Building information modelling is changing the role of the engineer. Will the next generation of graduates have the skills for the evolving workplace?
“The ideal engineering recruit is someone who knows how to be a data scientist, information engineer and a design engineer all at the same time,” says Atkins building information modelling (BIM) strategy and development director Anne Kemp.
Like many employers, Kemp says Atkins is wrestling with a labour market in which there are small numbers of graduates coming through who fit this profile and who are equipped to manage the large numbers of projects that now require BIM.
The upshot of the government’s four year strategy for BIM implementation is that it has created job opportunities for a whole group of graduates who wouldn’t traditionally have looked towards the engineering sector.
This includes technicians from the video games industry. But for BIM projects to be delivered successfully, Kemp thinks these “gamers” will have to be fully assimilated.
“Instead of having our core technicians in one corner of the office and all of our other professionals in the other - we want to see a merging of the graduate talent,” she says. “It feels as if culturally they [the graduates] have changed the way that they’re engaging with the technology but the formal training at the universities hasn’t really yet caught on.”
Aecom BIM director David Philp, who is also head of BIM Implementation for the government’s BIM Task Group agrees with Kemp in thinking that the old university model for training engineers will have to change to meet the industry’s need for more rounded individuals.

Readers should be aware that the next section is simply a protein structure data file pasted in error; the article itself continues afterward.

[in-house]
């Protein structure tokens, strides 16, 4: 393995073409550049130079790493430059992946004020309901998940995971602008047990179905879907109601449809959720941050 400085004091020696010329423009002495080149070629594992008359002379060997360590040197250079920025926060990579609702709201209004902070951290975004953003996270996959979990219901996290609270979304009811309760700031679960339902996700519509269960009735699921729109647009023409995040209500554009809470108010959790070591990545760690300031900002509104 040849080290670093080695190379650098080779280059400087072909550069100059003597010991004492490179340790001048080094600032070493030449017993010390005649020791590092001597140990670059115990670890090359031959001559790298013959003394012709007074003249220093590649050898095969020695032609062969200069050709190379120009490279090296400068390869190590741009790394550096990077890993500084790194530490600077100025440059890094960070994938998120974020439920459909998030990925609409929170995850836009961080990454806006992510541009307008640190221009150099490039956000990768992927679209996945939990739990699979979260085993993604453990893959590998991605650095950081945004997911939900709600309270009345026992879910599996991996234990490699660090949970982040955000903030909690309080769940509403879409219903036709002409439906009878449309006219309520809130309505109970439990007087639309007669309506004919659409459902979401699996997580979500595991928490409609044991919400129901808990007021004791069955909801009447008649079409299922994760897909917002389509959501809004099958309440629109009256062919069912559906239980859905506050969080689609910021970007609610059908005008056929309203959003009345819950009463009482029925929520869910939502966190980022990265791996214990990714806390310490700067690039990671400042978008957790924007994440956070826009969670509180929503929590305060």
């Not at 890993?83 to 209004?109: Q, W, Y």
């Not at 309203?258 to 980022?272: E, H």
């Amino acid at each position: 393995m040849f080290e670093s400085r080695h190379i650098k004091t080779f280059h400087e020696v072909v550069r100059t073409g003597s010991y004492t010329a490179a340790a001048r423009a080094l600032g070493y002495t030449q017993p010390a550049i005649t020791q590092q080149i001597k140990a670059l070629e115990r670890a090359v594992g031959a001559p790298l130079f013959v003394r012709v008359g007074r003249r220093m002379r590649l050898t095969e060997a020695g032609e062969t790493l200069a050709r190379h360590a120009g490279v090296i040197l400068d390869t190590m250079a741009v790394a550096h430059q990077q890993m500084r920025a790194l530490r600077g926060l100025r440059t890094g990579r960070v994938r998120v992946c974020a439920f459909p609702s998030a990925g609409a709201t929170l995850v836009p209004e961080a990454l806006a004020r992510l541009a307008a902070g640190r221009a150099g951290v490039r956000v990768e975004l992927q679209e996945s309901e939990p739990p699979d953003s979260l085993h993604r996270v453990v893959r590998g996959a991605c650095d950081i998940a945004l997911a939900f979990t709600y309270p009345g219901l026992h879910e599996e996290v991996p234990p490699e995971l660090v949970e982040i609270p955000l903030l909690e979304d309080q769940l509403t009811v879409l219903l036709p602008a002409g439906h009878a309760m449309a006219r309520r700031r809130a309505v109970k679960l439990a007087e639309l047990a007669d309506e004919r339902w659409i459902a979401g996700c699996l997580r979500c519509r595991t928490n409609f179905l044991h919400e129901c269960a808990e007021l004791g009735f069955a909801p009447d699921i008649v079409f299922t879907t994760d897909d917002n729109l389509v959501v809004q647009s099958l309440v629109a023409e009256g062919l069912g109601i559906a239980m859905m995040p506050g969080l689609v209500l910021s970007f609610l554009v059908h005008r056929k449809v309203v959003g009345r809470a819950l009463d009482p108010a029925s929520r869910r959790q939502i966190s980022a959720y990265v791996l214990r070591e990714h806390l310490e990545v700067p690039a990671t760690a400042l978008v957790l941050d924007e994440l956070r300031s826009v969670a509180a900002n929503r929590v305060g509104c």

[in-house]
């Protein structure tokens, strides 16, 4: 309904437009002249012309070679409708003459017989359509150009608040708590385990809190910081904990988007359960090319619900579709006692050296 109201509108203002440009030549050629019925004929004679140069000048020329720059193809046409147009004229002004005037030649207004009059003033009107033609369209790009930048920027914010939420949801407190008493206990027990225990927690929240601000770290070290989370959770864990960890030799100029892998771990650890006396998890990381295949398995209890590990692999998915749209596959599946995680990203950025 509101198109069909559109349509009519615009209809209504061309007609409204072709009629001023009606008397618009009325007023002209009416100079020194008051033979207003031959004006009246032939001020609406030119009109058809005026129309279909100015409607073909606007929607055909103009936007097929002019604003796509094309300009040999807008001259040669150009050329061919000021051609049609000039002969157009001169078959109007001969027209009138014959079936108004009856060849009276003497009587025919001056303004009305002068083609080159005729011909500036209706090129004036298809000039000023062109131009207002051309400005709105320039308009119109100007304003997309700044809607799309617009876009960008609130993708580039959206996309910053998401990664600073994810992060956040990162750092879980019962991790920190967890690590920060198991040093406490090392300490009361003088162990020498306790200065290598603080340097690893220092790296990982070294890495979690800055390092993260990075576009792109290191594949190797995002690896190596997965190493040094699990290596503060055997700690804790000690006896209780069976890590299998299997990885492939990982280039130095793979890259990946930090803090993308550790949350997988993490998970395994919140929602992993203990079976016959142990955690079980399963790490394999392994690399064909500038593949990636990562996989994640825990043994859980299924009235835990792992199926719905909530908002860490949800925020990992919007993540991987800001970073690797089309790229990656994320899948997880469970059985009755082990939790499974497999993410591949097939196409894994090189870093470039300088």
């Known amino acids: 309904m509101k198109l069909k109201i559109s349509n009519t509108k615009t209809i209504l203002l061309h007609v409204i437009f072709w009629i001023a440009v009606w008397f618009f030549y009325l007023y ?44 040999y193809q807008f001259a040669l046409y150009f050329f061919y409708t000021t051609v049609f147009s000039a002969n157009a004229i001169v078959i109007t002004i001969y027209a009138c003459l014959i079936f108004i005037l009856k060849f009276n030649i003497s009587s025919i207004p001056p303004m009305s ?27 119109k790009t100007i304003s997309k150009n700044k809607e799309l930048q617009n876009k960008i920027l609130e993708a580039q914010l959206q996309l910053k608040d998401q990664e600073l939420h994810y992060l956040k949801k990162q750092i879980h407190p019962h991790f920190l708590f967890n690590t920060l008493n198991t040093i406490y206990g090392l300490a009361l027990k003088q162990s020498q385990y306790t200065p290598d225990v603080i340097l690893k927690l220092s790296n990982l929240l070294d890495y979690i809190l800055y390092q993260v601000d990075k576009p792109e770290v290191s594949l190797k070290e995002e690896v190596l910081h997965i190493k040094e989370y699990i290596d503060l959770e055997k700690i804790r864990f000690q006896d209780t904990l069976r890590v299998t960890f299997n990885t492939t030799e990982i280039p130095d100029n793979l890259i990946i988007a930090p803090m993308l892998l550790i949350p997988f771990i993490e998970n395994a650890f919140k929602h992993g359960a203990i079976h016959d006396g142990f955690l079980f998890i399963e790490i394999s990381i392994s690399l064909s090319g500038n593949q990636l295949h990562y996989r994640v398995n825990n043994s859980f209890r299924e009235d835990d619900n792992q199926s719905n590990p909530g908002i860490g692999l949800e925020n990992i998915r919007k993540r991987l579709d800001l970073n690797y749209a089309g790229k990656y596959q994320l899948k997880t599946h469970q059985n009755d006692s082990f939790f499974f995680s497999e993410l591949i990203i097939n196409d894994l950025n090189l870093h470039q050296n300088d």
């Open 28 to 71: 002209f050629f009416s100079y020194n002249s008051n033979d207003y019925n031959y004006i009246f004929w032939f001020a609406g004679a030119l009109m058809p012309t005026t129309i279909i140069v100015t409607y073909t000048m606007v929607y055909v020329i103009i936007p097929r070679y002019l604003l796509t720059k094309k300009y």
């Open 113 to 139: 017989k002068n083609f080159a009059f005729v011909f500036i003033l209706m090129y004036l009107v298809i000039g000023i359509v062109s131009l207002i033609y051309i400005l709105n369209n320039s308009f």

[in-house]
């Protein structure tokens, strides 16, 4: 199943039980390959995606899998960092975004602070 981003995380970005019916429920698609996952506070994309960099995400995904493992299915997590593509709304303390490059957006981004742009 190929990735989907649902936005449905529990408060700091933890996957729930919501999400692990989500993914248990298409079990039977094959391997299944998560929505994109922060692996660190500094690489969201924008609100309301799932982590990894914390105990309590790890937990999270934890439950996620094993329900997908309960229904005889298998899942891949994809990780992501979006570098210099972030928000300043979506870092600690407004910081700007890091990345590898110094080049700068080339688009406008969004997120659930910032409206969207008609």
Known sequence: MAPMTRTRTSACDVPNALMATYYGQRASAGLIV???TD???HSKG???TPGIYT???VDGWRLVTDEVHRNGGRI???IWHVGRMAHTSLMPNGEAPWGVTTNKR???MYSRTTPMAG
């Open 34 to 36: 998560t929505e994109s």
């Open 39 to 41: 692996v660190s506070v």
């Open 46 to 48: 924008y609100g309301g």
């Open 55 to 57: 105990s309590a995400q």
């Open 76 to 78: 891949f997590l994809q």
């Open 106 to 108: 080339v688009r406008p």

“We’re quite guilty of putting individuals into silos at university level,” says Philp. “We say they’re going to be designers, contractors, or a quantity surveyors pretty early on but the big thing about BIM is that it’s more holistic, more about the project life cycle.”
“As we move towards Level 3 BIM there will be more of a need for companies like us that can deliver that whole project lifecycle”
David Philp, Aecom
Aecom often talks about wanting to recruit “T-shaped” individuals, who supplement a strong core specialism (the vertical part of the “T”) with a breadth of personality and expertise (the horizontal part of the “T”) that allows them to operate in a multi-disciplinary team.
“As we move towards Level 3 BIM there will be more of a need for companies like us that can deliver that whole project lifecycle,” says Philp.
“So we’re looking for people to come in and look at how they drive operational outcomes at the asset level, or indeed how they drive social outcomes.”
Kemp thinks there is a danger that the industry will focus too much responsibility in the hands of a small number of people if it continues to develop certification for “BIM managers”.
“We need to get away from people thinking they can become a BIM specialist because that’s not really what we’re trying to do to transform the industry,” she says.
“Instead of managing all of the BIM models, I think the BIM manager should become the source of knowledge, the person who trains the graduate engineers and manages the roll-out of BIM.”
Whatever the nomenclature, Philp thinks the emergence of BIM means it is an exciting time to be a graduate engineer.
“What we are seeing is that career paths in the built environment are becoming a lot more flexible and interchangeable,” he says. “A large part of that is because of the digital-enabled construction industry. I wish I could go back to being a graduate myself!”